Perhaps they should allow educators to develop criteria for politician's performances.

Randy Rivers's picture
Anonymous (not verified)

This law has been a horrible mistake. It's top down, myopic focus has, at least in my state of Kansas, stopped in its tracks a wonderful school improvement model that was moving us forward at a respectable pace. Since NCLB regs have been co-mingled with our system, I have witnessed a significant decline in the educational improvement climate in our state.

Darryl Alexander's picture
Anonymous (not verified)

I believe that there are at least two important elements currently not addressed in the NCLB debate. We have failed to take into account of both the health status of students as it relates to student productivity/achievement and the influences of the built environment on student performance. Let's look at health status - especially of children who grow up in old urban areas. Those children who live in old housing stock are still at risk of lead exposure and recent research suggests that blood lead levels much lower than the current CDC guidelines (i.e. as low as 5 micrograms per deciliter) have implications for cognitive (learning) development and perhaps for behavior (attention span, impulse control etc.). Also children in inner cities have higher rates of asthma and a link has been made with poorly managed asthma and behavior in school. Why aren't we devoting more money and attention to researching these issues in the context of NCLB? All the onus cannot be put on "poorly" qualified teachers or bad curriculum. Students are not empty vessels; they are living, breathing organisms and we have to pay attention to the influence of their physiologic development on academic achievement.

Now, let's turn to the buiilt environment especially in poor urban and rural schools - deteriorating schools put students in environments that may contribute to poor performance. We know that mold or damp environments, exposure to mice urine/feces, cockroaches etc. contributes to higher rates of asthma exacerbation. How can we put the highest risk children in these environments and expect them to perform their best.

Let's track other influences on student performances as well as the snap shot scores of high stakes tests. We should put research money into NCLB to evaluate the influence of lead and other environmental exposures on children's performance. And we should require schools to submit information on school environmental conditions so that we can determine if there is a correlation between performance and the built environment (data that has been sorely lacking for several years).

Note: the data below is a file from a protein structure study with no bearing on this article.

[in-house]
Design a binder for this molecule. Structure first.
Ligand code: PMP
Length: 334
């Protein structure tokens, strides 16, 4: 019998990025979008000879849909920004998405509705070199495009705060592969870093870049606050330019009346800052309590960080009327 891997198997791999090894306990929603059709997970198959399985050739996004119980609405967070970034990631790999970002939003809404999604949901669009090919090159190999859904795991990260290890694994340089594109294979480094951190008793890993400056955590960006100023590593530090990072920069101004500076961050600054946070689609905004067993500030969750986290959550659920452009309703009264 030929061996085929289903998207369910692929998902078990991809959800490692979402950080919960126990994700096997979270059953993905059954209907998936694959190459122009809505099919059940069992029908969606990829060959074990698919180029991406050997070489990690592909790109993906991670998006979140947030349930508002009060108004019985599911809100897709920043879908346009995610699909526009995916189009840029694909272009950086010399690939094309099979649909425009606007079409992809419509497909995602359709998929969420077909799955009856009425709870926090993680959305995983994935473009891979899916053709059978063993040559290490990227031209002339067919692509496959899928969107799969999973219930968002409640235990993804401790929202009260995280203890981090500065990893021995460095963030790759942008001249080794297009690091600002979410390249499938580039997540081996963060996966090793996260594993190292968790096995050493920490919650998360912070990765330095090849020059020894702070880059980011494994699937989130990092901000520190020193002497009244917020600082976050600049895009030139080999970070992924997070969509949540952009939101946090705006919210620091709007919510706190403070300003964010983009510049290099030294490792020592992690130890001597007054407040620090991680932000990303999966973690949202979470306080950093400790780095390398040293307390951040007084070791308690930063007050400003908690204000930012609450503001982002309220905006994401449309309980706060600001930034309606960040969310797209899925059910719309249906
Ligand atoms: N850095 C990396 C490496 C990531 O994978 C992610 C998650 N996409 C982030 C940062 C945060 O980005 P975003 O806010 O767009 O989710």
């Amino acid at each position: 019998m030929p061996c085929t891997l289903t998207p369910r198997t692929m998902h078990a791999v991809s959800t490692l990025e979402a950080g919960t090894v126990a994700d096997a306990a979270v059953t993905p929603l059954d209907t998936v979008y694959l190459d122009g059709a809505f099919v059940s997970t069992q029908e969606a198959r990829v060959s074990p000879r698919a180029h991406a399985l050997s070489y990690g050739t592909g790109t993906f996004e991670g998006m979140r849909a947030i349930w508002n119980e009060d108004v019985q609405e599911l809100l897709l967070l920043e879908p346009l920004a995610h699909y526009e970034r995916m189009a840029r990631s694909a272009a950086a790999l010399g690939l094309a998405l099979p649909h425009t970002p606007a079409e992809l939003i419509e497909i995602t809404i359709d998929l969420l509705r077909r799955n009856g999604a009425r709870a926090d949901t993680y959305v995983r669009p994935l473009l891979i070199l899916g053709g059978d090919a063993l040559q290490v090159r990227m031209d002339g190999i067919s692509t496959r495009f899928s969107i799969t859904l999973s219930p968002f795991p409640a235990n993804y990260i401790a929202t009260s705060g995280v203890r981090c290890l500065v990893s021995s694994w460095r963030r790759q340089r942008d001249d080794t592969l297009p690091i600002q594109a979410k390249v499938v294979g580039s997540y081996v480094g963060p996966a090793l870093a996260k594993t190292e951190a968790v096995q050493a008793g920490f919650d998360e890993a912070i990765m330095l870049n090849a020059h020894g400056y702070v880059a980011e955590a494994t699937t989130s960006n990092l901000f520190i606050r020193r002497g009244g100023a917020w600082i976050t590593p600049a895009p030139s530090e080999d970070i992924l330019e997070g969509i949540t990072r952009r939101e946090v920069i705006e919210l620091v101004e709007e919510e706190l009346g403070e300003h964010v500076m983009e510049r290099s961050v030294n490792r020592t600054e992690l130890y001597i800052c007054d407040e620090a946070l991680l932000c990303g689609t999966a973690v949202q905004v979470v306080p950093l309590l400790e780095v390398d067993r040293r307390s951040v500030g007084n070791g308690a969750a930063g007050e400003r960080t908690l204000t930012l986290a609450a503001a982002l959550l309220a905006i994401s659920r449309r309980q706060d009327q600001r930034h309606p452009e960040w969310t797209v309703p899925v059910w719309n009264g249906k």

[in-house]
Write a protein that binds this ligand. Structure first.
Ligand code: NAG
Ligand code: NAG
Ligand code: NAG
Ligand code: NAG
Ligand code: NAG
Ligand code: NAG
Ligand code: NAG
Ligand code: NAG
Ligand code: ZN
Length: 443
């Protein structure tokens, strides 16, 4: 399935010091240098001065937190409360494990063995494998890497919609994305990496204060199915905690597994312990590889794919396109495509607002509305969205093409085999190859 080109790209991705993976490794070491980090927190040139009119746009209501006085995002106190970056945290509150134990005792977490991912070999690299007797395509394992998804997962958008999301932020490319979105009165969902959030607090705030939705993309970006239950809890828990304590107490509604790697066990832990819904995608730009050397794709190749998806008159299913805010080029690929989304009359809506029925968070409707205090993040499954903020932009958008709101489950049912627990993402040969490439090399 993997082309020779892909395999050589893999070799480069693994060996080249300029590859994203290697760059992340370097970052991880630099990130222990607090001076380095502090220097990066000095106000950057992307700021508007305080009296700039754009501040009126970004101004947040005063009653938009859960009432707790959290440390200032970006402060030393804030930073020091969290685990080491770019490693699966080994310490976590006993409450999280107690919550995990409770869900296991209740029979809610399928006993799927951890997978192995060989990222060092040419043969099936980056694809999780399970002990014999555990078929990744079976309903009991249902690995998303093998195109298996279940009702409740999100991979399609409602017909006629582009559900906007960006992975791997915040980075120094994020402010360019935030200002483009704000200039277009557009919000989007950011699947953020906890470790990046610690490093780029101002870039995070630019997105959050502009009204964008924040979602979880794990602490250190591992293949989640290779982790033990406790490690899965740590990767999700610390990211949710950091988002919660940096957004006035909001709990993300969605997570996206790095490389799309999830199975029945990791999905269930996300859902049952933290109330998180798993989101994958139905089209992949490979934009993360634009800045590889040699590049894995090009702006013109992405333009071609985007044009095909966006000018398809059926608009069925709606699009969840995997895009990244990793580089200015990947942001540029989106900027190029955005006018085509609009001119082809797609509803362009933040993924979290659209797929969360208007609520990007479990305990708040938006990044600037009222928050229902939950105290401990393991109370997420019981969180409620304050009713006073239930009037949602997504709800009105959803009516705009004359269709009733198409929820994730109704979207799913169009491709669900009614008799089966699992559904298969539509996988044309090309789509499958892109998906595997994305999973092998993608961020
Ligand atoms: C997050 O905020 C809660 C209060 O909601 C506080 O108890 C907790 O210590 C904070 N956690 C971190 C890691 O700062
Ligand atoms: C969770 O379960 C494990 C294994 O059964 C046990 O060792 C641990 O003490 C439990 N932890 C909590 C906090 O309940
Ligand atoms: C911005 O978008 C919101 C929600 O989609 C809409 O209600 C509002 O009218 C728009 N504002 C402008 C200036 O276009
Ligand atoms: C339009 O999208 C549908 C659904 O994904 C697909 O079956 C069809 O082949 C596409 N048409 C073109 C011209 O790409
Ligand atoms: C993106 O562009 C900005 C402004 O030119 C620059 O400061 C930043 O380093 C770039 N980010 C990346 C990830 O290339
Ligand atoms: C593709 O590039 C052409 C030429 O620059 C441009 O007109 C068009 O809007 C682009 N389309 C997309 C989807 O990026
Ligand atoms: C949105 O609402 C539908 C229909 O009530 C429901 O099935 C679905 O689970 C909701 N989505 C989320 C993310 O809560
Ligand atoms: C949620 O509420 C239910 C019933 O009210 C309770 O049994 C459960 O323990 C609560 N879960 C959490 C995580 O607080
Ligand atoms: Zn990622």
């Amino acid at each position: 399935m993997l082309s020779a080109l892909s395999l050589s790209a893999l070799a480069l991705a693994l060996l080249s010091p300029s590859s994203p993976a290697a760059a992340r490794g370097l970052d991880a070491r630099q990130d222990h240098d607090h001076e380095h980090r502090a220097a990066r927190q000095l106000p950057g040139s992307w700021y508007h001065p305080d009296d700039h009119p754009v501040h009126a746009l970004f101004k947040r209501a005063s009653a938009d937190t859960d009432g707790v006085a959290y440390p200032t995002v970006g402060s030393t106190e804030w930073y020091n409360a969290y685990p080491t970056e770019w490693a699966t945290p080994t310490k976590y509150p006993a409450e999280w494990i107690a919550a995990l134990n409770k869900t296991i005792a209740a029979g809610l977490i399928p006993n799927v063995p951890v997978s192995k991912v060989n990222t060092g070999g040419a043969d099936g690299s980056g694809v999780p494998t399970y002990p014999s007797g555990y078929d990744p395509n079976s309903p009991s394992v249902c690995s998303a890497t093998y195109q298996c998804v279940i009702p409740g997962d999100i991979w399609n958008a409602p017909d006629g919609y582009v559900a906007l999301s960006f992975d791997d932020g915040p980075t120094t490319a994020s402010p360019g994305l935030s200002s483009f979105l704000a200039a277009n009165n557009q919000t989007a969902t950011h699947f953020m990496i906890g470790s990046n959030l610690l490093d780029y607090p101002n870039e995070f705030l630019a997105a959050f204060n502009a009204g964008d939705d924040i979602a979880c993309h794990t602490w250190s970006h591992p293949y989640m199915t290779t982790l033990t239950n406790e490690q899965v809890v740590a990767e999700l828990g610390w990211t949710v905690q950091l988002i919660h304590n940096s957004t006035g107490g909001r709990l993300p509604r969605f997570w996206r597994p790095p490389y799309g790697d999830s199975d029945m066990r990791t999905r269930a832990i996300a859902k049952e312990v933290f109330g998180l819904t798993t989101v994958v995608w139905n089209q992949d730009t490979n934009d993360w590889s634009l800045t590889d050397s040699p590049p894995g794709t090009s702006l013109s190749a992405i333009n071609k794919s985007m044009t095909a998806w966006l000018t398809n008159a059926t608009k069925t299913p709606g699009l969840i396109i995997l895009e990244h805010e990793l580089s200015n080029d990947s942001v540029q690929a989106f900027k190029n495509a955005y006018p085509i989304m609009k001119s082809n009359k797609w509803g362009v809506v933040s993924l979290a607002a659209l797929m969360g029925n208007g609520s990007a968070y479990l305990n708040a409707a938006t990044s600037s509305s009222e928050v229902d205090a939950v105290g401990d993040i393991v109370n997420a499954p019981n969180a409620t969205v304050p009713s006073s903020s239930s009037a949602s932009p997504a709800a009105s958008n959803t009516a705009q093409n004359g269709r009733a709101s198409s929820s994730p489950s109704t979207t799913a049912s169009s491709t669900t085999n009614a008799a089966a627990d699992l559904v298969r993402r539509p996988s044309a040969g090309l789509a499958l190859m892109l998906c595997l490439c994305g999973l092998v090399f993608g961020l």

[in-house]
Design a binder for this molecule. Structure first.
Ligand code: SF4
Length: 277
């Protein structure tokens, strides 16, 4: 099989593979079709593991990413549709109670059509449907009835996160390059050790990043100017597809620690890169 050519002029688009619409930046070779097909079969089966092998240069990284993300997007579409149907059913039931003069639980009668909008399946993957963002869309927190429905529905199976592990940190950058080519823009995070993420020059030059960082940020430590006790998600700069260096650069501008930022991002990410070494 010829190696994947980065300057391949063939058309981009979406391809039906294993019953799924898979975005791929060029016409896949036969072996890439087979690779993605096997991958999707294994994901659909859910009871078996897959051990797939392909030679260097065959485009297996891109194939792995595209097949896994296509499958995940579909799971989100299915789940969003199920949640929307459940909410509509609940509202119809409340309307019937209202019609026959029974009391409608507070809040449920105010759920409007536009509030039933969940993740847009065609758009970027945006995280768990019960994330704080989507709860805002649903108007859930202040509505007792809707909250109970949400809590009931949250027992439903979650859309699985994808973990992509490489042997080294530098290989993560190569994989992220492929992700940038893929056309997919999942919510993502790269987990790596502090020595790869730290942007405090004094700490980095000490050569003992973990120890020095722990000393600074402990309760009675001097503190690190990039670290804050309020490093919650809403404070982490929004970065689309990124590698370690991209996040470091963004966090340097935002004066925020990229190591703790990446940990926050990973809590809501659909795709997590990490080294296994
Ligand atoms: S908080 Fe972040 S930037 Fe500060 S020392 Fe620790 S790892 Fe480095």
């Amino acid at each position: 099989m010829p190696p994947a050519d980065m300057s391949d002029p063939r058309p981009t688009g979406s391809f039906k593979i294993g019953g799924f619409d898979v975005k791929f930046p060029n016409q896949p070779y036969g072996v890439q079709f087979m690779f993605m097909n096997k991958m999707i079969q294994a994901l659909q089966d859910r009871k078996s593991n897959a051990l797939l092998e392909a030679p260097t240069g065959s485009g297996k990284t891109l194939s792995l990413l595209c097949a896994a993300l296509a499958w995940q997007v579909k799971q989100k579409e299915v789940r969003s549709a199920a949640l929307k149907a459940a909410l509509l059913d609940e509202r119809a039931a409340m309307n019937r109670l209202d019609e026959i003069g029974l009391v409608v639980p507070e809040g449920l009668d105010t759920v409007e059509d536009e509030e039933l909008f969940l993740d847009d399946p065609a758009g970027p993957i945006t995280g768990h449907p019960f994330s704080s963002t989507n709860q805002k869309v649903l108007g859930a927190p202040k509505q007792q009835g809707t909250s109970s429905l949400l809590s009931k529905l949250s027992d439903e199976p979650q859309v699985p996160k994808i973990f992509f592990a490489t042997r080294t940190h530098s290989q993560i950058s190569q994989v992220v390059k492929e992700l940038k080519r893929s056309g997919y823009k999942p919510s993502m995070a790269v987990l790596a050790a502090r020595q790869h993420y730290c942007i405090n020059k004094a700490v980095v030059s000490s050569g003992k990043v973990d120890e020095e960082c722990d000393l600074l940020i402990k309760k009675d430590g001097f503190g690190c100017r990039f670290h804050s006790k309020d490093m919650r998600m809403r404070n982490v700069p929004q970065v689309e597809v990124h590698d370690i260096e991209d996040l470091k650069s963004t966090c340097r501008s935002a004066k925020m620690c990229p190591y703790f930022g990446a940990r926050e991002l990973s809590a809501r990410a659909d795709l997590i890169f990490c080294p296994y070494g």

Gerald W. Bracey's picture
Anonymous (not verified)

I wrote an anti-NCLB article for Newsday a year before the damn thing became law. This is terrible legislation and no one should accept it as inevitable (my more general treatise, "The Perfect Law", appeared in the Fall, 2004 issue of Dissent and is available free online at www.dissentmagazine.org).

I recently collaborated with a teacher and videographer to create a video for You Tube which can be seen at www.youtube.com/watch?v=hSTzLILQx3c. It didn't come out the way I thought it would, but it's still useful watching (the initial idea was that so many people STILL dont know what the law involves that I would explicate the principal provisions). I think the producers plan more versions.

Gerald W. Bracey
Alexandria, VA

Robin's picture
Anonymous (not verified)

We would have such a educated, thinking, innovated leaders if teachers worked together to write sound curriculum for politicians. Then we would guide them and allow them to soar using those sound, solid skills to run the country. What a country we would have......As opposed to the politicians who write educational laws regardless of whether these laws support curriculum, child psychology/child development and educational strategies .

Furthermore. politicians don't allow creative innovative thinking by teachers who have long experience, practice, and knowledge; rather, they tie teachers hands with unreasonable laws such as NCLB. Just think of the politician who made a law on the cutoff date of when a child could enter first grade. He based this law on his own child turning 6 in December.It was an arbitrary whim on his part, not based on child development, maturation, and studies. This has often caused children to be pushed into an educational environment before they were ready.